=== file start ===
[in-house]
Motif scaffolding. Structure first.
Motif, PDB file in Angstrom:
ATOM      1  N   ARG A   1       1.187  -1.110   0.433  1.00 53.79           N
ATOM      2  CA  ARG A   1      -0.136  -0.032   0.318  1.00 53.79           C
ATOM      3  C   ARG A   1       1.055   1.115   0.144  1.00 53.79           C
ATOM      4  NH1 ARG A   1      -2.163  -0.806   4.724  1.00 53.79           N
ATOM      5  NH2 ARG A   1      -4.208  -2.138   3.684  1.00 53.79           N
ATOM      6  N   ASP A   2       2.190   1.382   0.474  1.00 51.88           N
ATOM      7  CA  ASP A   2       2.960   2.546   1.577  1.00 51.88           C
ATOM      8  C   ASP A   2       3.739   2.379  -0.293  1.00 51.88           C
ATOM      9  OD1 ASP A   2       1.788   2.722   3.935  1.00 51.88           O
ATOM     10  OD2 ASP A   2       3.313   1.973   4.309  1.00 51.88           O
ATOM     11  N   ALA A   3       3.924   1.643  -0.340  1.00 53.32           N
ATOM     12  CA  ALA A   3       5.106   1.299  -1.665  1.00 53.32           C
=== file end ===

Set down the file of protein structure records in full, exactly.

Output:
[in-house]
Motif scaffolding. Structure first.
Motif, PDB file in Angstrom:
ATOM      1  N   ARG A   1       1.187  -1.110   0.433  1.00 53.79           N
ATOM      2  CA  ARG A   1      -0.136  -0.032   0.318  1.00 53.79           C
ATOM      3  C   ARG A   1       1.055   1.115   0.144  1.00 53.79           C
ATOM      4  NH1 ARG A   1      -2.163  -0.806   4.724  1.00 53.79           N
ATOM      5  NH2 ARG A   1      -4.208  -2.138   3.684  1.00 53.79           N
ATOM      6  N   ASP A   2       2.190   1.382   0.474  1.00 51.88           N
ATOM      7  CA  ASP A   2       2.960   2.546   1.577  1.00 51.88           C
ATOM      8  C   ASP A   2       3.739   2.379  -0.293  1.00 51.88           C
ATOM      9  OD1 ASP A   2       1.788   2.722   3.935  1.00 51.88           O
ATOM     10  OD2 ASP A   2       3.313   1.973   4.309  1.00 51.88           O
ATOM     11  N   ALA A   3       3.924   1.643  -0.340  1.00 53.32           N
ATOM     12  CA  ALA A   3       5.106   1.299  -1.665  1.00 53.32           C